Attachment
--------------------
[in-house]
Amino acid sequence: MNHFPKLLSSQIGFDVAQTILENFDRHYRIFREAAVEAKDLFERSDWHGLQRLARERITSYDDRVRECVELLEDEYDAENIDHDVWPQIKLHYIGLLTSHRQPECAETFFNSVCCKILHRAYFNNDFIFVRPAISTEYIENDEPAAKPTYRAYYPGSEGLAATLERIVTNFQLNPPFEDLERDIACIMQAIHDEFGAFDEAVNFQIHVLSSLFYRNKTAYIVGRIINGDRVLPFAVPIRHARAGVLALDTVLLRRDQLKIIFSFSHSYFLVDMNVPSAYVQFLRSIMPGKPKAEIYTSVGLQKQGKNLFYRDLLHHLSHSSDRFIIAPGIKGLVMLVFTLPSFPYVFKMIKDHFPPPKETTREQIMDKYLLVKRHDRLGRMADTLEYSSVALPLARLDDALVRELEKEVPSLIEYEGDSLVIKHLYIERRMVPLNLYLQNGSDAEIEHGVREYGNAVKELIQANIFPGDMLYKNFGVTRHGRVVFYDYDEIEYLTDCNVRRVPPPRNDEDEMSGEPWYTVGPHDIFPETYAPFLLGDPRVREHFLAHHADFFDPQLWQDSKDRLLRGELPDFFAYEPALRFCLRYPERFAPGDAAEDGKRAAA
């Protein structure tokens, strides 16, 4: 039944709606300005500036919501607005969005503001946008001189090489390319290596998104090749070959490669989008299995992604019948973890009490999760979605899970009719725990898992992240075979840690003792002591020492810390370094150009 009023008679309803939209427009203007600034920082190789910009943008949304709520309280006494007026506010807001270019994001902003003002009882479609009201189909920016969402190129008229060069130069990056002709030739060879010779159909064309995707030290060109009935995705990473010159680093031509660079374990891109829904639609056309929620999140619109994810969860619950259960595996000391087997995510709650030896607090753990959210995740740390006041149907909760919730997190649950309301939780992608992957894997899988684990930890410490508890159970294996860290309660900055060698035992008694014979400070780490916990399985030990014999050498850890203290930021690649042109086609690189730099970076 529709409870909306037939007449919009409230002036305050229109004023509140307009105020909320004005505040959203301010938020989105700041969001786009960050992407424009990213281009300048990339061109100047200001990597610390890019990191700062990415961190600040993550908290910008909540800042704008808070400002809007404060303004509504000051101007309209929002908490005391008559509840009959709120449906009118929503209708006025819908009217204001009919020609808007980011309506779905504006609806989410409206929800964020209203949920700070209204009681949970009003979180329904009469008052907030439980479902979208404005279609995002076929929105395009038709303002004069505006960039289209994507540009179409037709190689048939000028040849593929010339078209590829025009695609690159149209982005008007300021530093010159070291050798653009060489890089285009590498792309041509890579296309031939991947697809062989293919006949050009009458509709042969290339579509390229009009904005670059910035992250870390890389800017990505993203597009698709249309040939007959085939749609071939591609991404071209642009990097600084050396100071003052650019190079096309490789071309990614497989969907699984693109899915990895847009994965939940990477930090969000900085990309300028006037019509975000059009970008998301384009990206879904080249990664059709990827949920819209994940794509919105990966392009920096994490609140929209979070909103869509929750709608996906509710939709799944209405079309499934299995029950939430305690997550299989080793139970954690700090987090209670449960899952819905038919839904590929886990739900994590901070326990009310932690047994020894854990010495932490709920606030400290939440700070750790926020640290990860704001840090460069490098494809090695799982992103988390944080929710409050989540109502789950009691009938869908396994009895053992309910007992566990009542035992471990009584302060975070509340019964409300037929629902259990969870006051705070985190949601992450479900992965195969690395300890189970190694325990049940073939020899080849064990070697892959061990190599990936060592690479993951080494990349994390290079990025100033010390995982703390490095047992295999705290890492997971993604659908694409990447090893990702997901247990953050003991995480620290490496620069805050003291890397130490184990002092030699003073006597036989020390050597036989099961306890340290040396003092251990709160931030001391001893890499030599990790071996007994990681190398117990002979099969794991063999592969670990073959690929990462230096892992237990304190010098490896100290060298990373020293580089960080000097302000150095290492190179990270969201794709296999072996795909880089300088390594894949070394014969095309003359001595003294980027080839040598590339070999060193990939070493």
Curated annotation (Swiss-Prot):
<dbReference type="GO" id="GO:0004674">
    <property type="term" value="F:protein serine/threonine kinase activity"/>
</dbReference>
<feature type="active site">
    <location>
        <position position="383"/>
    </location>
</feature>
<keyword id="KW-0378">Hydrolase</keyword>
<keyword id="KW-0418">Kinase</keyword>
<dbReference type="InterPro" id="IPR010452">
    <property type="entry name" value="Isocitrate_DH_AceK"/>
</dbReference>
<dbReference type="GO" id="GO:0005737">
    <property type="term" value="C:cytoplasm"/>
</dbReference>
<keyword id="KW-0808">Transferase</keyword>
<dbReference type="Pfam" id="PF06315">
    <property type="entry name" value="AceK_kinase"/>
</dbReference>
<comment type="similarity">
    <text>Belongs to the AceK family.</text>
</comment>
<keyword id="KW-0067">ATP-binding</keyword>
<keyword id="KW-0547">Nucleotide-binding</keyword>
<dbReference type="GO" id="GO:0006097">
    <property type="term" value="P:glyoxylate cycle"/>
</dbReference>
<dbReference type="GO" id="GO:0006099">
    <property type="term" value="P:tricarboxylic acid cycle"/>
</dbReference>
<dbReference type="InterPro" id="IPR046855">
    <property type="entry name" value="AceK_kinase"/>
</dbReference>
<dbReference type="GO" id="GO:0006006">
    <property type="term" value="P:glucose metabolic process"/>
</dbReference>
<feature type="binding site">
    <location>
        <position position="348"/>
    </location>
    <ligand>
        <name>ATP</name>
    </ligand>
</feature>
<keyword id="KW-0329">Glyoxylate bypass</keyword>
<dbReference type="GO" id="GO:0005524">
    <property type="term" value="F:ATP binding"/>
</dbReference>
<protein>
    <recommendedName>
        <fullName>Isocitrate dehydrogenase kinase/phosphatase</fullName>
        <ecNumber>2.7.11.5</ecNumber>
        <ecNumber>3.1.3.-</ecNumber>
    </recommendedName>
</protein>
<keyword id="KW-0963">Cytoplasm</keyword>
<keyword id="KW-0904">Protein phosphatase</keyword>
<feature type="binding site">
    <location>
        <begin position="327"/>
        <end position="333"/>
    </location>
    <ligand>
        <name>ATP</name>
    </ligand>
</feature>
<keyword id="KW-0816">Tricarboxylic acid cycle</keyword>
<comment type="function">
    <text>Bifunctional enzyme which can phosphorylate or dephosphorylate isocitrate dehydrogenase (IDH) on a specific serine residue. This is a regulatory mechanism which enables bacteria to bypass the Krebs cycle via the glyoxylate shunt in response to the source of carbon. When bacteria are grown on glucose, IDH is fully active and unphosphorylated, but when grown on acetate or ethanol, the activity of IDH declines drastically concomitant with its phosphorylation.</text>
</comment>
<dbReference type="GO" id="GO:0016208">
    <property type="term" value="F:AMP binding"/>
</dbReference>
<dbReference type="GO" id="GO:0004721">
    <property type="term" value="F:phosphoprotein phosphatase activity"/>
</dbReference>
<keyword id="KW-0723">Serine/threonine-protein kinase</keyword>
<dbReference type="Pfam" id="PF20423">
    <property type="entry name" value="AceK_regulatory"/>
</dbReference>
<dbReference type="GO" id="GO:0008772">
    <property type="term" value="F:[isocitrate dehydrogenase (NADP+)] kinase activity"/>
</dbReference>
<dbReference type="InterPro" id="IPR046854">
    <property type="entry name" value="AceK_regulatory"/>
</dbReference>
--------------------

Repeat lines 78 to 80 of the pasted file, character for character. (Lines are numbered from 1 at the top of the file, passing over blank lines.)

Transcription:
</dbReference>
<dbReference type="GO" id="GO:0004721">
    <property type="term" value="F:phosphoprotein phosphatase activity"/>